If you're starting to feel your teeth get a little loose from all of the sugar that's parading around for this damn Christmas thing that keeps happening every damn year, the gloriously profane and bitter 2003 comedy Bad Santa will prove the perfect tonic.
But before you plan that much-needed rewatch, check out these 12 things you might not know about the film. Oh and Merry Christmas or whatever.
(Images: All Star, Rex Features)
Both Jack Nicholson and Bill Murray were interested in the role but other films got in the way. Nicholson had Something's Gotta Give while Murray had Lost In Translation. Ironically, Murray's performance ended up beating Billy Bob Thornton at the Golden Globes that yeer.
The Coens, who exec produced the film and brought it to Terry Zwigoff to direct, disagreed with him over the casting of Tony Cox as the sidekick. "They said that they couldn't see the guy being black," Zwigoff explained. "I said I don't see the guy being black, I think the fact of him being three-foot-six is the overriding characteristic of the guy. I don't think it matters. I just think this guy is really funny in the part. And they thought that would ruin the film."
There's been talk of a sequel, something which Billy Bob Thornton recently revealed is still in the works. "We’re just waiting for a script," he shared. "I mean, we’re never going to beat the first one, but you got to get as close as you can. It will do real well, I would imagine. And hopefully we'll get it off."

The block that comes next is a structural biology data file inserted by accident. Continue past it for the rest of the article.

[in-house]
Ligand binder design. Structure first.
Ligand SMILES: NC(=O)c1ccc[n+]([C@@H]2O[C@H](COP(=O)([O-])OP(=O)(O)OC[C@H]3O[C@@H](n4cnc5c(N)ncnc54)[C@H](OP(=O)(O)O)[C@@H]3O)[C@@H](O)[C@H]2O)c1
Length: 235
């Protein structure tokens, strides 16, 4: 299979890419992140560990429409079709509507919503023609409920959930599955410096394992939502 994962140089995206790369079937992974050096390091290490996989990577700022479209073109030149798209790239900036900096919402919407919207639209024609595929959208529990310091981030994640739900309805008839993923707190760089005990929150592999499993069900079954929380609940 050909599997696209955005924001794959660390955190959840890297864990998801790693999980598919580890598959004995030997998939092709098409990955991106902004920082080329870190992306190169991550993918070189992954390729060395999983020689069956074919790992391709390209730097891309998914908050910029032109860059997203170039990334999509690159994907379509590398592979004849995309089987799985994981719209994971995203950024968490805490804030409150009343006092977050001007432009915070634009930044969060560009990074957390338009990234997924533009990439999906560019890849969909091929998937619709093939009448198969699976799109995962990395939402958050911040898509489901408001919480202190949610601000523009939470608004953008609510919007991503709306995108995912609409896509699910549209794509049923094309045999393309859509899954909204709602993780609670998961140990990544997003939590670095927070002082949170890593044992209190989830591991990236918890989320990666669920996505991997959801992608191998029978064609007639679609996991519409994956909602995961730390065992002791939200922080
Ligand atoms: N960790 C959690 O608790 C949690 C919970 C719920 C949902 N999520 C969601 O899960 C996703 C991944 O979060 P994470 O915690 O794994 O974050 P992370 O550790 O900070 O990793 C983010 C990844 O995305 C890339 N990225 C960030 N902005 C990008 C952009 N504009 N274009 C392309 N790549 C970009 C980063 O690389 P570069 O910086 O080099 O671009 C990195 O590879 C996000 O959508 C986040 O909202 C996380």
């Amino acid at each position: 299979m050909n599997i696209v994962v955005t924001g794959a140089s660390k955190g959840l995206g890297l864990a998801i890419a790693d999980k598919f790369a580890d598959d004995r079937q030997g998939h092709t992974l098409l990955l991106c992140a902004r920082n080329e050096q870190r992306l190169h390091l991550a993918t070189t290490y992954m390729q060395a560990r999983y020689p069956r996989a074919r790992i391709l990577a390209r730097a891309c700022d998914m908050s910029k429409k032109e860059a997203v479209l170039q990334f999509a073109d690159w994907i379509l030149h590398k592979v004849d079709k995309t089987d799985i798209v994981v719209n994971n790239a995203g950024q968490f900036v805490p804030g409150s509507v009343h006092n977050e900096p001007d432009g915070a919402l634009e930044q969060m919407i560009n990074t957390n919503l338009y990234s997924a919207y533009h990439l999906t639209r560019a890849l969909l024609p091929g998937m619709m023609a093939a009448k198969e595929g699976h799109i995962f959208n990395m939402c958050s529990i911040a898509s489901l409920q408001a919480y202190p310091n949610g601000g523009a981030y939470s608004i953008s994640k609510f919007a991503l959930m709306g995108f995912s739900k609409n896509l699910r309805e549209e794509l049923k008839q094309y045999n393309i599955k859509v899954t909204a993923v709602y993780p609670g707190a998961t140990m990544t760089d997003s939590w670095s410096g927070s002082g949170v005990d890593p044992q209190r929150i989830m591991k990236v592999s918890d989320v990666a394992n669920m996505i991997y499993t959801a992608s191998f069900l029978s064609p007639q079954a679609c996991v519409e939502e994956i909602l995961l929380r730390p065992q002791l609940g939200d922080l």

In a deleted scene. Sarah Silverman teaches a class full of Santas how to be better at their jobs. You can watch the whole thing here.
Brett Kelly, who played the memorably named Thurman Merman, is currently attending university but also attempting a movie career, with intermittent success. His most recent role was in High School, a stoner comedy with Adrien Brody.
While the film gained a cult following, it wasn't without some naysayers who believed that it ruined the spirit of Christmas. "We did get a few comments," Thornton admitted, "and my reply was always, 'As far as I know, Santa Claus is not in the Bible. I think you guys are talking about Jesus.'"
It's one of the sweariest movies ever with more than 150 uses of the F-word. The unrated version adds another 20 on top for good measure.
The original opening had no narration but a more descriptive version was brought in after preview screenings. It was removed from the director's cut. "The narration was put in at that point because at every test screening the people didn't know if they were supposed to laugh or not," director Terry Zwigoff explained. "People need permission to laugh. With the narration, test audiences started laughing earlier, but that doesn't necessarily make it a better film. Now, they're not laughing as early perhaps, but hopefully, the film plays out better."
Other scenes that were removed from the director's cut include the advent calendar scene and the sequence when Thurman is taught how to beat up bullies. Zwigoff wanted to remove some of the sentimentality and Hollywoodism that was forced on the film.
The casting of Brett Kelly was a deliberate choice to steer clear of a traditional movie kid but the producers weren't happy and after pushing for a more "cute" actor, Zwigoff threatened to walk off set. In the end. it was Billy Bob Thornton who saved the day, having read with Kelly and stating that he was the best choice for the role.
In the Czech Republic, the title translated as 'Santa is a Pervert', which is also kind of true, if a little blunt.
Marcus's awful wife Lois is played by Lauren Tom, who also voices the character of Amy Wong in Futurama.